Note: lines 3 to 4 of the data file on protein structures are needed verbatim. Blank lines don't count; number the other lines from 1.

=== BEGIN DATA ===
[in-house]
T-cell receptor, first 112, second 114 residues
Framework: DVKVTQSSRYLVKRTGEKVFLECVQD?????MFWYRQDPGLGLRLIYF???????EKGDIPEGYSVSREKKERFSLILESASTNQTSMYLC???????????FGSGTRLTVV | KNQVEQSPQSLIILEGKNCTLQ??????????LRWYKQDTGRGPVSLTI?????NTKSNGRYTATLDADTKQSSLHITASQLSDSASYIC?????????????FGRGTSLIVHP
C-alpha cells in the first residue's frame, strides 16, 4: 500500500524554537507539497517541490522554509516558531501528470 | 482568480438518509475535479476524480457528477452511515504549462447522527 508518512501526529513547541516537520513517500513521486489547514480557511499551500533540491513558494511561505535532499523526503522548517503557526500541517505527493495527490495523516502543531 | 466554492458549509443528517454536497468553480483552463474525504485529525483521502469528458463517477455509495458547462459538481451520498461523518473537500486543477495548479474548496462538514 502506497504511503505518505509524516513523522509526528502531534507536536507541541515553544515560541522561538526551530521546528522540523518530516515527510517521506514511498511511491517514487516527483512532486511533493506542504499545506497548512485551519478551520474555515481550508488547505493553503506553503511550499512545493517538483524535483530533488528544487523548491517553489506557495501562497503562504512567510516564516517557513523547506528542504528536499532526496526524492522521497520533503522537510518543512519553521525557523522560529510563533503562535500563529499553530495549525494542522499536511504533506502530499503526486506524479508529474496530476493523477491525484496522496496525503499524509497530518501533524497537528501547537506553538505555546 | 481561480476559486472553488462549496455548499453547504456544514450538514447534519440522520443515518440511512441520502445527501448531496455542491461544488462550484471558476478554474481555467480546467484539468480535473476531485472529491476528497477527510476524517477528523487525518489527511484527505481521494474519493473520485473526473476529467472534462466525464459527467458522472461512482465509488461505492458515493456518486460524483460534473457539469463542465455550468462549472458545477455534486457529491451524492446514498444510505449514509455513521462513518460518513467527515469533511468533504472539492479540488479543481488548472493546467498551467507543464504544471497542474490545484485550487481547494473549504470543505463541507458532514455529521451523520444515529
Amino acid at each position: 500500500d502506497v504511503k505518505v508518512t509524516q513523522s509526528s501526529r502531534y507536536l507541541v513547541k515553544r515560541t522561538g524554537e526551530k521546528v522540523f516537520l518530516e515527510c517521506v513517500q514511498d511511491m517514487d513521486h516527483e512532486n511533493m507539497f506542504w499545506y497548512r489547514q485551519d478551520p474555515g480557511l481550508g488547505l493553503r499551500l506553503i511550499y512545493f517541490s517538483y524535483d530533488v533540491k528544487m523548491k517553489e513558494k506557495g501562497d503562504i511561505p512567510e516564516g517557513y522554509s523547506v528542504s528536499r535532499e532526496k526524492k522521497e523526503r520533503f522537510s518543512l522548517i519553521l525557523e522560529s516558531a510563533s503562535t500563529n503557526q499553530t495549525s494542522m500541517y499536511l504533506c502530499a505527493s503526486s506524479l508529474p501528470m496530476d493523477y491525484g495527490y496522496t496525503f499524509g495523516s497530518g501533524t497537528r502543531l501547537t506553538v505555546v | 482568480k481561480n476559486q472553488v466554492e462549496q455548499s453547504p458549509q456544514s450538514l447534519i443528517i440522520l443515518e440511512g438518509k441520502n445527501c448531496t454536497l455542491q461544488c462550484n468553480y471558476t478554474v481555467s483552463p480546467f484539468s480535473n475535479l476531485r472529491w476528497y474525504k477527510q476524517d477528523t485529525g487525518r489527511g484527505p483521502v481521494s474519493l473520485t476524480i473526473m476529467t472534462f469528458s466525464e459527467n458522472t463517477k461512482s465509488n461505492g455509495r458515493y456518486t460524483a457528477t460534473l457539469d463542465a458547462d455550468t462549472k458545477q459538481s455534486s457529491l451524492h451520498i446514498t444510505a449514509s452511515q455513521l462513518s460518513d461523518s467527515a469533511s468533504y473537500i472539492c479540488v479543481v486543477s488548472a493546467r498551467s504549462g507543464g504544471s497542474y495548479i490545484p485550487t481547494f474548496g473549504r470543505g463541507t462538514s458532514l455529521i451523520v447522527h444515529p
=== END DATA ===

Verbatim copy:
Framework: DVKVTQSSRYLVKRTGEKVFLECVQD?????MFWYRQDPGLGLRLIYF???????EKGDIPEGYSVSREKKERFSLILESASTNQTSMYLC???????????FGSGTRLTVV | KNQVEQSPQSLIILEGKNCTLQ??????????LRWYKQDTGRGPVSLTI?????NTKSNGRYTATLDADTKQSSLHITASQLSDSASYIC?????????????FGRGTSLIVHP
C-alpha cells in the first residue's frame, strides 16, 4: 500500500524554537507539497517541490522554509516558531501528470 | 482568480438518509475535479476524480457528477452511515504549462447522527 508518512501526529513547541516537520513517500513521486489547514480557511499551500533540491513558494511561505535532499523526503522548517503557526500541517505527493495527490495523516502543531 | 466554492458549509443528517454536497468553480483552463474525504485529525483521502469528458463517477455509495458547462459538481451520498461523518473537500486543477495548479474548496462538514 502506497504511503505518505509524516513523522509526528502531534507536536507541541515553544515560541522561538526551530521546528522540523518530516515527510517521506514511498511511491517514487516527483512532486511533493506542504499545506497548512485551519478551520474555515481550508488547505493553503506553503511550499512545493517538483524535483530533488528544487523548491517553489506557495501562497503562504512567510516564516517557513523547506528542504528536499532526496526524492522521497520533503522537510518543512519553521525557523522560529510563533503562535500563529499553530495549525494542522499536511504533506502530499503526486506524479508529474496530476493523477491525484496522496496525503499524509497530518501533524497537528501547537506553538505555546 | 481561480476559486472553488462549496455548499453547504456544514450538514447534519440522520443515518440511512441520502445527501448531496455542491461544488462550484471558476478554474481555467480546467484539468480535473476531485472529491476528497477527510476524517477528523487525518489527511484527505481521494474519493473520485473526473476529467472534462466525464459527467458522472461512482465509488461505492458515493456518486460524483460534473457539469463542465455550468462549472458545477455534486457529491451524492446514498444510505449514509455513521462513518460518513467527515469533511468533504472539492479540488479543481488548472493546467498551467507543464504544471497542474490545484485550487481547494473549504470543505463541507458532514455529521451523520444515529